Christmas has always been my favorite of the holidays.  It's all I can do to get beyond Thanksgiving so I can decorate my house, plan not only a special dinner but also the dessert of all desserts.  I shop, I wrap, I look for the best of gifts to fit into a stocking so personal that it is like pulling love out with every little surprise.  My house looks like Christmas threw up in it and I can't wait for any visitor to come by just so they can see how happy it makes me.

Things changed so drastically this year.  I tried to feel the same but it never came.  I managed to get a tree up but it's the smallest one we had and there are no decorations on it, save for one that I just bought at my favorite little French store, Le Marche.  I don't want to shop or wrap or even (gasp) plan a dinner.  I think I'm going to end up being like the person who burnt the turkey or something equally crazy and they go to the one Chinese restaurant that is open.  Although right now it's not a bad option.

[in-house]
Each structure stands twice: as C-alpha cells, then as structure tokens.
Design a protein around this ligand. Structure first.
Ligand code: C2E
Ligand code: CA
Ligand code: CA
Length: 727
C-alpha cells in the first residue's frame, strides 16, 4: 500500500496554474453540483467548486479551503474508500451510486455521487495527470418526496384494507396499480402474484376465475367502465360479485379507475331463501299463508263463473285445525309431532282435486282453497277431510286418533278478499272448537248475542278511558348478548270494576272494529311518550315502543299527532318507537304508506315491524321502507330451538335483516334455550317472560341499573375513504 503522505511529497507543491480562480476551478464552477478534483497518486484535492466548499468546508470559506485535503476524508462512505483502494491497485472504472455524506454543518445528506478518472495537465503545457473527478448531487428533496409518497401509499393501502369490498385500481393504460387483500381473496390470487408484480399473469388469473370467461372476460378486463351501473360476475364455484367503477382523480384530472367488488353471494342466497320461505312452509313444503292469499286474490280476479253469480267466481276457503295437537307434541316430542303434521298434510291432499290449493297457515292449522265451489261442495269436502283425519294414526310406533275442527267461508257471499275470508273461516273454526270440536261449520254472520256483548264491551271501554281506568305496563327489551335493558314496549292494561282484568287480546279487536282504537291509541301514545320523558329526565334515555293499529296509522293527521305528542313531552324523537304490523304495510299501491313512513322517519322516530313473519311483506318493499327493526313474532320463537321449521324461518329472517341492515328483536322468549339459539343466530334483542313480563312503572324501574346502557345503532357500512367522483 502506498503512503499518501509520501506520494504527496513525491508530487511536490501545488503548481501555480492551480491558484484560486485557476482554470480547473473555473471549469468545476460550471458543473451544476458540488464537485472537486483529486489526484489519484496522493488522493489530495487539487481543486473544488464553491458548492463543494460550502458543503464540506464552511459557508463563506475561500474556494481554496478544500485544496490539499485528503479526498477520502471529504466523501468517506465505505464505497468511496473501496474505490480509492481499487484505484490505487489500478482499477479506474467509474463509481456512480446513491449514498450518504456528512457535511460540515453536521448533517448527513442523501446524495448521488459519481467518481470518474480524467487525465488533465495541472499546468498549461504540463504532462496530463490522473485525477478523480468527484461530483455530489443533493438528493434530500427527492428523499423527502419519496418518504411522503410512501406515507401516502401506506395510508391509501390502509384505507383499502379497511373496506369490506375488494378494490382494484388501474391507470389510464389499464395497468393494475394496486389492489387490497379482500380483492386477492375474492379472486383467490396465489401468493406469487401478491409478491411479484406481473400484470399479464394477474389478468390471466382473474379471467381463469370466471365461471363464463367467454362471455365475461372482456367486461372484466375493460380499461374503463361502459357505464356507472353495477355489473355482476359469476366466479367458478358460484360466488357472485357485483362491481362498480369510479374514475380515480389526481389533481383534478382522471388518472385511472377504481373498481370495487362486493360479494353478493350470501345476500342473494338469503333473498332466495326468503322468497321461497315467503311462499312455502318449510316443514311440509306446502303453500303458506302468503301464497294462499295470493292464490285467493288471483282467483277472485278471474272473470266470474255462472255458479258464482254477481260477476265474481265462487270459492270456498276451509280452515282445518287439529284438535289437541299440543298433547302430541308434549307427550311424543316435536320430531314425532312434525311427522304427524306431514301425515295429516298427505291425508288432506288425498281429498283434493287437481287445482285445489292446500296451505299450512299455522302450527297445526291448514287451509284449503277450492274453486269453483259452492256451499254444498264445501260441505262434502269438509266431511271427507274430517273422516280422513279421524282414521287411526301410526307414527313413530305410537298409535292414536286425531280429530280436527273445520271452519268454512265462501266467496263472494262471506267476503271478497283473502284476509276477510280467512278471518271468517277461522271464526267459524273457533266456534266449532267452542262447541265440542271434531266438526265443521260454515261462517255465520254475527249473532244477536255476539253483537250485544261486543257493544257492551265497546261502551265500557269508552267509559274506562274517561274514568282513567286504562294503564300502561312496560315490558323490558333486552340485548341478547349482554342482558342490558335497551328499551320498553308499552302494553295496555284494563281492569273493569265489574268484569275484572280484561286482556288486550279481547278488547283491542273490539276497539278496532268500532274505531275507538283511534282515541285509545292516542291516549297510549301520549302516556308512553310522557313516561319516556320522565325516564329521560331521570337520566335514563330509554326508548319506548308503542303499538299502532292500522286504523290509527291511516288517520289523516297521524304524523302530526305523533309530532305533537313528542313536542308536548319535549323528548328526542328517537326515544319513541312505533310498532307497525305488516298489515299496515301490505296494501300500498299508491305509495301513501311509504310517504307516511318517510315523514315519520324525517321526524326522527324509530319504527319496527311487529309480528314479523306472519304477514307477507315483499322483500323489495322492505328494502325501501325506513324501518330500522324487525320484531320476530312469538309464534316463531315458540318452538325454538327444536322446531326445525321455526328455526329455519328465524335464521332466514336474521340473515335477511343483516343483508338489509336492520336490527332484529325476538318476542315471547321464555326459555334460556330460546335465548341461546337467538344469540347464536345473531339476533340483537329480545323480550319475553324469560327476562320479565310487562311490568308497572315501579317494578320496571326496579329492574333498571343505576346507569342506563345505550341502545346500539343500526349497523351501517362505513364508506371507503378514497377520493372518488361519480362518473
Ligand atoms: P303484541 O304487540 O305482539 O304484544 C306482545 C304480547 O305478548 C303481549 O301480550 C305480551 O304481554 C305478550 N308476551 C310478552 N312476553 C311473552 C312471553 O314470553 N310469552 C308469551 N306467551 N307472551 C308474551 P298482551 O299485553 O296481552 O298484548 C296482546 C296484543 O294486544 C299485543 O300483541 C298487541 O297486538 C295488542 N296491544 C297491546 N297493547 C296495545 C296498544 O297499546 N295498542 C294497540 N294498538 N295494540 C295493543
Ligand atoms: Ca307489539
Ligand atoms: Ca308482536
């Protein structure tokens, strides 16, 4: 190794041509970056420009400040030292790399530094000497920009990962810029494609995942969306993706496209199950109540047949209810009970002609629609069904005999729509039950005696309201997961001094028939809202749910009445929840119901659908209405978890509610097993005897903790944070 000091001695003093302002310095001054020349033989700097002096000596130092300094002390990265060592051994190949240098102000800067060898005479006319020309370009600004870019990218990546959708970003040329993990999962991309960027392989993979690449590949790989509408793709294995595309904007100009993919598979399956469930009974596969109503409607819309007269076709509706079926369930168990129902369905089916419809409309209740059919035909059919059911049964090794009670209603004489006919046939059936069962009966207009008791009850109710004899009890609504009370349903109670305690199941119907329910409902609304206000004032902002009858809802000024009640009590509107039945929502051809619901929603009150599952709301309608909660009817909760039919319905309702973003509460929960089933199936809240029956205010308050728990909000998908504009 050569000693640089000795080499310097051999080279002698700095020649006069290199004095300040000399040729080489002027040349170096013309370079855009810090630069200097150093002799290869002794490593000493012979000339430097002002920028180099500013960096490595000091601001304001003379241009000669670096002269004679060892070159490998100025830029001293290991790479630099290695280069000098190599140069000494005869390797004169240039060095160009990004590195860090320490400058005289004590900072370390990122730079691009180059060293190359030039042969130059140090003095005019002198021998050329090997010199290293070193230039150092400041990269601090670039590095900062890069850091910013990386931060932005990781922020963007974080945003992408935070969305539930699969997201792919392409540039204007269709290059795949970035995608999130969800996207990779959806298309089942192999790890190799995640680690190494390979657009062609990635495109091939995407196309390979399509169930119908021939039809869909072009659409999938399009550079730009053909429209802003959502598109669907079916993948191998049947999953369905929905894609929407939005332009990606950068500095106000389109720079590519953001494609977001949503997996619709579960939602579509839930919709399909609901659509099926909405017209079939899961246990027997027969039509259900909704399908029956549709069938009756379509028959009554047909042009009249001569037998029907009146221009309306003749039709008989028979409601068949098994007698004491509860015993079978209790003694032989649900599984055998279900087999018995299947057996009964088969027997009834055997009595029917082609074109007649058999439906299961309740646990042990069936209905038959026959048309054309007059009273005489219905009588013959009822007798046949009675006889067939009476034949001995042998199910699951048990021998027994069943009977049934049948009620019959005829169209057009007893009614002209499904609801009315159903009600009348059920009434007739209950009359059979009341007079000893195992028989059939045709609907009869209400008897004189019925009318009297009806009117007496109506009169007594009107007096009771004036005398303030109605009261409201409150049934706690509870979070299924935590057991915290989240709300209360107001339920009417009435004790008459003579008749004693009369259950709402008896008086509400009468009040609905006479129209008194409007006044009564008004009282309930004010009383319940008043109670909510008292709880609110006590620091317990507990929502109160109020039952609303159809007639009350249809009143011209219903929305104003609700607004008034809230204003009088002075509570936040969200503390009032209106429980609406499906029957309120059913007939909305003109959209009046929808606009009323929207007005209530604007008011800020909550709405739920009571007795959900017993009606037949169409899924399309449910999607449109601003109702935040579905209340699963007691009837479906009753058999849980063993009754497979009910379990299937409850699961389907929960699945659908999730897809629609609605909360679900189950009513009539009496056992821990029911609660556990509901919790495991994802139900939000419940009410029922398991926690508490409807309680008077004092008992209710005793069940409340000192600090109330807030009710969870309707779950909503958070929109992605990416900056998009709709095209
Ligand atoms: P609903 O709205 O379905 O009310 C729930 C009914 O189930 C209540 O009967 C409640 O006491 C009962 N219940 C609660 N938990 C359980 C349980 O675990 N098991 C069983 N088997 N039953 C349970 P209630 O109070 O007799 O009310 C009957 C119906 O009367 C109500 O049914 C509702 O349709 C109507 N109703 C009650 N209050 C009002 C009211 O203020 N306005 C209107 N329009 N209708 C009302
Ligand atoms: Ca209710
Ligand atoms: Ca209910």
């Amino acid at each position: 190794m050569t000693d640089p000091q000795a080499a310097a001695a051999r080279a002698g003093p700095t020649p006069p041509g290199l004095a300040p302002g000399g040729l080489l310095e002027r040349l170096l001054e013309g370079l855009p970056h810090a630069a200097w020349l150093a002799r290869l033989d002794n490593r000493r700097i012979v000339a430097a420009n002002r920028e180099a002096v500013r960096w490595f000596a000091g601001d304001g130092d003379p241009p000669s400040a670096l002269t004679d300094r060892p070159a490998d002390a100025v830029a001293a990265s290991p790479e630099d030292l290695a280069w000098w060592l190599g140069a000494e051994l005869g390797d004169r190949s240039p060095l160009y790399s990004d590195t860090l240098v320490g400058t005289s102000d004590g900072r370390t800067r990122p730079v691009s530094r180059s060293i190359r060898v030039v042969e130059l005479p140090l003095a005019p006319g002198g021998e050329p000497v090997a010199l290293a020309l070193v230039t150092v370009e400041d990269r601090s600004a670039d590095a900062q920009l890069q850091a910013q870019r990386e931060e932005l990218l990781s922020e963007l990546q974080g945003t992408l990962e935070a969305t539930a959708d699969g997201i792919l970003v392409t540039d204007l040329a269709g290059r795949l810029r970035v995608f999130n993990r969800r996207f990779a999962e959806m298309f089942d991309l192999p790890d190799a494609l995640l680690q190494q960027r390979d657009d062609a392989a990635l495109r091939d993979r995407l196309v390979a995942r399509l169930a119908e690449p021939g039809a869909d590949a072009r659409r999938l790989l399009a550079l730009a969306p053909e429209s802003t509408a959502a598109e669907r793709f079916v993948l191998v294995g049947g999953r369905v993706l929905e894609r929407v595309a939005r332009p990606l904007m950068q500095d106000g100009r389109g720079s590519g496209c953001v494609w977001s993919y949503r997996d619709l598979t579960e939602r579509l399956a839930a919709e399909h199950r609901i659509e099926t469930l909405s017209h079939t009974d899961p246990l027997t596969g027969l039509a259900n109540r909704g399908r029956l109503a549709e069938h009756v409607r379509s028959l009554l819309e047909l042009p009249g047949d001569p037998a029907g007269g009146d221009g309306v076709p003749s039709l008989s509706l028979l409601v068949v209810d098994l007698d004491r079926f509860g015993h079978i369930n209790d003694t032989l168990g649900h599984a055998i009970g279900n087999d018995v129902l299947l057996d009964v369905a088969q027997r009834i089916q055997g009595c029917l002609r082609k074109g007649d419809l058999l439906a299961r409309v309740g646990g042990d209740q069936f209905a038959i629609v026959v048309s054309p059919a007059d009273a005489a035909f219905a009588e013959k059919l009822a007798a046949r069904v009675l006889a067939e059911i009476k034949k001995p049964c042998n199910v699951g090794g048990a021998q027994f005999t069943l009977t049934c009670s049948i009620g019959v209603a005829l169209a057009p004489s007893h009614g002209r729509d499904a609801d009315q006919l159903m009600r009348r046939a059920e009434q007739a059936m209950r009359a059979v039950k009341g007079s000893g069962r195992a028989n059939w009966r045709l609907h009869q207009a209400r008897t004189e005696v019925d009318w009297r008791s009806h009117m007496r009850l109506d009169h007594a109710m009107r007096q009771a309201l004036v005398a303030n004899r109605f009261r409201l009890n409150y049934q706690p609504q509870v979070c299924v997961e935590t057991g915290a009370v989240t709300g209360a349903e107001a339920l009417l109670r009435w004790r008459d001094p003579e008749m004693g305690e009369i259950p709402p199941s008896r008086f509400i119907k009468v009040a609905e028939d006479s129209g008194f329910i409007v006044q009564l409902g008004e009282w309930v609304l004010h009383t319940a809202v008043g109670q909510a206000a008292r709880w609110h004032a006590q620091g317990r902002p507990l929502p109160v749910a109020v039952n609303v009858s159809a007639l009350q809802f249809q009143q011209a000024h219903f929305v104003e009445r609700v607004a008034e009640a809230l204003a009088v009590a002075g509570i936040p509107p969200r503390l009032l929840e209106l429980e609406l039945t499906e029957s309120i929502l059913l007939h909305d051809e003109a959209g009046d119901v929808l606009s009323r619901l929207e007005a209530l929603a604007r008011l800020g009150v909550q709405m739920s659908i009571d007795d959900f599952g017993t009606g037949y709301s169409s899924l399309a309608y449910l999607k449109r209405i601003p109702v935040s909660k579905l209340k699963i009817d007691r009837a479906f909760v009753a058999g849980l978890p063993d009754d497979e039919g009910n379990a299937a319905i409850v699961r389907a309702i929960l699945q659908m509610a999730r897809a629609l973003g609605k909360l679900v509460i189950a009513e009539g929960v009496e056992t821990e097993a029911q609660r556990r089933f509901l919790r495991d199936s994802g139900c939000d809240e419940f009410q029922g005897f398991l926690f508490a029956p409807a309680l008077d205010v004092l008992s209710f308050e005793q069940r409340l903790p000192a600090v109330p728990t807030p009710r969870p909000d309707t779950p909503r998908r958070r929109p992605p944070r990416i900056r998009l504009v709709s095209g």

Now before you try to have me committed or cross this off as an over-indulgent pity party for one, I have to explain why.  The reason is, for the first time in about seventeen years, my children will not be here.  (commence rolling of eyes)  My daughter is leading the life of an international world-famous teacher in China and I miss her horribly.  My son is still deciding if he wants to acknowledge he has parents or not but for the first time in a long time is fortunate enough to spend some time with his grandmother.  As a mother this can be devastatingly lonely.  I know people have put up with much worse, husbands or wives off to war, spouses or children no longer with us.  I get it.  I'm being absurdly pathetic.  But for me , it's now just like any other day.  Nothing exciting to look forward to, no special visitors and certainly no family.  There will be no grandchildren, which is an entirely different and much longer story, and isn't Christmas all about the children?  The Elf on the Shelf is still on the shelf...in the closet.  How does one adjust to this type of change?  Why can't I be the person that can adapt and move on?